While Minnesota residents should not be overly concerned about being audited by the IRS, they should be aware of what could prompt an audit. There are multiple factors that can initiate a review of a return.
A large portion of the IRS’s resources focuses on verifying that top income earners are paying their taxes. Tax return errors for a taxpayer who earned several million dollars the year before is likely to yield more money than a mistake on a tax return for someone who earned around $50,000 for the same year.
Another type of return that may garner a closer look by the IRS is one that reports very little income or none at all. In 2016, nearly 3.25 percent of the returns that had no adjusted gross income were selected for an audit. Even though many taxpayers truly have no income to declare, it is also likely that someone who reports no adjusted gross income could be misrepresenting how much he or she really earned.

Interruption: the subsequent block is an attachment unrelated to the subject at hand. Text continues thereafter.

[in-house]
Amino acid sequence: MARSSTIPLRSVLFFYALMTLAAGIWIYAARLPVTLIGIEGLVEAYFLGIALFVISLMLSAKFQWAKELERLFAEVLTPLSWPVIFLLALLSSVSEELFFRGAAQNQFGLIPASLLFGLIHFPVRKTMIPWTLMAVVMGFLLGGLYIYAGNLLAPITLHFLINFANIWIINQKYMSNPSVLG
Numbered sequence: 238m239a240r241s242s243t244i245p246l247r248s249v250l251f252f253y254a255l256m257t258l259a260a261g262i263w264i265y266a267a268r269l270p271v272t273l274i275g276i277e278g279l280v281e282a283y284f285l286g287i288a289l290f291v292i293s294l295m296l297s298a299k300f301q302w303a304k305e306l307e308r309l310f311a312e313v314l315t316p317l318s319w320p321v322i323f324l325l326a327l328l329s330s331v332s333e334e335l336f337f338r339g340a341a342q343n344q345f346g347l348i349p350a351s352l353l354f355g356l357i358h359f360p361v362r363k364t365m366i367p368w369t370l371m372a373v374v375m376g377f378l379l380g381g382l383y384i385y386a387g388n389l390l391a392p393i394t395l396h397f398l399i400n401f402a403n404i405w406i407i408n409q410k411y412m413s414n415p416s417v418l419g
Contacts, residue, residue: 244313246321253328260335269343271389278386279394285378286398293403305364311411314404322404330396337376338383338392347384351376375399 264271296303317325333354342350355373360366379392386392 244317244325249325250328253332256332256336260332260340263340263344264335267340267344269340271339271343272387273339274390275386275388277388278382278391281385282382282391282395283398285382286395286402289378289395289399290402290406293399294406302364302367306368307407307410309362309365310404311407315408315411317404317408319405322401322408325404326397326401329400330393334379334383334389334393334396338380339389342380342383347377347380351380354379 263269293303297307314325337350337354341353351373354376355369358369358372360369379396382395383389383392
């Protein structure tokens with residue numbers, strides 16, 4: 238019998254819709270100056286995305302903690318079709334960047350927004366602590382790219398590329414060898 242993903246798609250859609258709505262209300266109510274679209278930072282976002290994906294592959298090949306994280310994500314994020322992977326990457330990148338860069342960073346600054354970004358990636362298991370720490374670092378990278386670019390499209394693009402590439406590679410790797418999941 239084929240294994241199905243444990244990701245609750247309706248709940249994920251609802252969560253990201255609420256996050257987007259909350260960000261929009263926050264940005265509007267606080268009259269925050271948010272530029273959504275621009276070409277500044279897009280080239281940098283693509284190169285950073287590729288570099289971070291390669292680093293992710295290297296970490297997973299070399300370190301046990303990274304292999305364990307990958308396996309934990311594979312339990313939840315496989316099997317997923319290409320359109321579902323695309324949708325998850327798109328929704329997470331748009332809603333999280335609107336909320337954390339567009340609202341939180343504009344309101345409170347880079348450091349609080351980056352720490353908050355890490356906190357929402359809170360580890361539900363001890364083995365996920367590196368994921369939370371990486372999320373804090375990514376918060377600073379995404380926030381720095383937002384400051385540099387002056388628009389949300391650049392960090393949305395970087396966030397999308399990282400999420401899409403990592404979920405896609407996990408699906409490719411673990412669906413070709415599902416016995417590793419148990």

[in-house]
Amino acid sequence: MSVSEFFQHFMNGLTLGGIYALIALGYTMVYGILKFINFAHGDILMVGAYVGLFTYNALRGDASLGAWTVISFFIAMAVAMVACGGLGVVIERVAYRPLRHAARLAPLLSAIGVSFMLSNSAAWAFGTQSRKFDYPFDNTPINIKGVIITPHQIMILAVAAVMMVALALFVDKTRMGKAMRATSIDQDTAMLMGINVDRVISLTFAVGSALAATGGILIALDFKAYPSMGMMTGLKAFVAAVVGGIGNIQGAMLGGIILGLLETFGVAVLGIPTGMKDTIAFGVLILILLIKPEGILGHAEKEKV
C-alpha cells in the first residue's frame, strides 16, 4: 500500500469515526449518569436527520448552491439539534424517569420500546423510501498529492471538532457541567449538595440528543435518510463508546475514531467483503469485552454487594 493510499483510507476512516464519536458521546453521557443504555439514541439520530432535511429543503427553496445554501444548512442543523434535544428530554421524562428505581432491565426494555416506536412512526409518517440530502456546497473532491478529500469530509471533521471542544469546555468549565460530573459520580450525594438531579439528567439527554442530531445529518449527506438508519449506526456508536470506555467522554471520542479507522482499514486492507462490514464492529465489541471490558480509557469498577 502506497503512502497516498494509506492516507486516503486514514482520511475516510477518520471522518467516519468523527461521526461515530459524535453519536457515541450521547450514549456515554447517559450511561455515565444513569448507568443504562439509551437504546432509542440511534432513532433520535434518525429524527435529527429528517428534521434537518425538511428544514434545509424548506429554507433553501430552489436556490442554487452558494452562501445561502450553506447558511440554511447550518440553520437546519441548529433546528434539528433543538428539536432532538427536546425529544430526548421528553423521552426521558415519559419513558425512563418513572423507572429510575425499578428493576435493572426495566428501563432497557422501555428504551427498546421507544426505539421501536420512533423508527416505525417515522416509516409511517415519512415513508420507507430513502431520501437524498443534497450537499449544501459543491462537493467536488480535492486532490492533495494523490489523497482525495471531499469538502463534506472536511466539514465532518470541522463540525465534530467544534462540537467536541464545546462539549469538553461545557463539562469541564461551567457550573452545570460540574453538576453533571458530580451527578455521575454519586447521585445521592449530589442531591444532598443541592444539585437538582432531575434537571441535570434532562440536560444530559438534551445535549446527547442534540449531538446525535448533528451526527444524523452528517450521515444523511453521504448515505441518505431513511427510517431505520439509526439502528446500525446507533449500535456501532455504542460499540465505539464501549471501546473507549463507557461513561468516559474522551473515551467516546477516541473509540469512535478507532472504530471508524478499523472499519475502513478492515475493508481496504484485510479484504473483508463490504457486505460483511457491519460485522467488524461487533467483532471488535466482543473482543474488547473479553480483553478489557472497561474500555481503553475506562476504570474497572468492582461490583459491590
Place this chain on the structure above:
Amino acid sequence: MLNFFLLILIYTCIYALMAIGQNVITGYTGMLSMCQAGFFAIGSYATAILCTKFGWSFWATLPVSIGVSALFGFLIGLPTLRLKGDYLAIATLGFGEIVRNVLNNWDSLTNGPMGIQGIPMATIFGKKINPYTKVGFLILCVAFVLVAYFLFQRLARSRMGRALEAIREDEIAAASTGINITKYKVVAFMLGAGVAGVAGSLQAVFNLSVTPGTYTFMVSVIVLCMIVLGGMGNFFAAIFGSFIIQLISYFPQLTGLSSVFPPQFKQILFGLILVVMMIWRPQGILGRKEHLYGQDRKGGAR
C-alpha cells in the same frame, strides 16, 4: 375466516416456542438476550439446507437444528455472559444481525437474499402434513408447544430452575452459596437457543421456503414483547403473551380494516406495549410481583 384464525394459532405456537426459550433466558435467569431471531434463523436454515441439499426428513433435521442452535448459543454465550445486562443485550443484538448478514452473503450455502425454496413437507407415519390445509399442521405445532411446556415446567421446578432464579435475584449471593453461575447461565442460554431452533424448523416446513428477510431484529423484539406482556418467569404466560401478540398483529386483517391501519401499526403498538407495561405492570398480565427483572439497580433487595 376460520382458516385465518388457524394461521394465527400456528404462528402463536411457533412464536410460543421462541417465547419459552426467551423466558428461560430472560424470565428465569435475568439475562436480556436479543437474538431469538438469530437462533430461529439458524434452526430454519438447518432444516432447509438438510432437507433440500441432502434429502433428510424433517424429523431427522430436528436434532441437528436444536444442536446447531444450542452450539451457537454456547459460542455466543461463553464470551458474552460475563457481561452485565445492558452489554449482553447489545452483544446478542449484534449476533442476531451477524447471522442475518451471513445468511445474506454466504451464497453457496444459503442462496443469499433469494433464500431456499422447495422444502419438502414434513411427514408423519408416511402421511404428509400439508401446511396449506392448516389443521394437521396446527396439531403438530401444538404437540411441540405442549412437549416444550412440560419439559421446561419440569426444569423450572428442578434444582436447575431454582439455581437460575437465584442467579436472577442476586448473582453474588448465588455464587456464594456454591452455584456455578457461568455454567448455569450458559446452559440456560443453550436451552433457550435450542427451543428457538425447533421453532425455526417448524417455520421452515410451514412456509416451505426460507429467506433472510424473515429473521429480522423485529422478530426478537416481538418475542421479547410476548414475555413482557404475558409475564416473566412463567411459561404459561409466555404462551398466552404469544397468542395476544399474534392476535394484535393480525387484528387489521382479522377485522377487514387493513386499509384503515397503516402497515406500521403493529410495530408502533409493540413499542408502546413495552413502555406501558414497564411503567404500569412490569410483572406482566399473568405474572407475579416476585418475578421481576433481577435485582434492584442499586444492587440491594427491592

Business owners should also be careful of what they put on their return. Business deductions will be cause for a closer look if they do not make sense or seem to be related to a hobby instead of a business activity. It is important to be aware of the differences between business and unreimbursed employee expenses, both of which are reported on separate areas of the return.
Extremely high itemized deductions are also a red flag. If the amounts reported are much higher than average, the IRS will want to take a closer look.
A tax law attorney may advocate on behalf of a client who is being audited by the IRS. A lawyer may advise clients about the tax laws that are pertinent to their case and may work to get any penalties and interest assessed on overdue taxes reduced.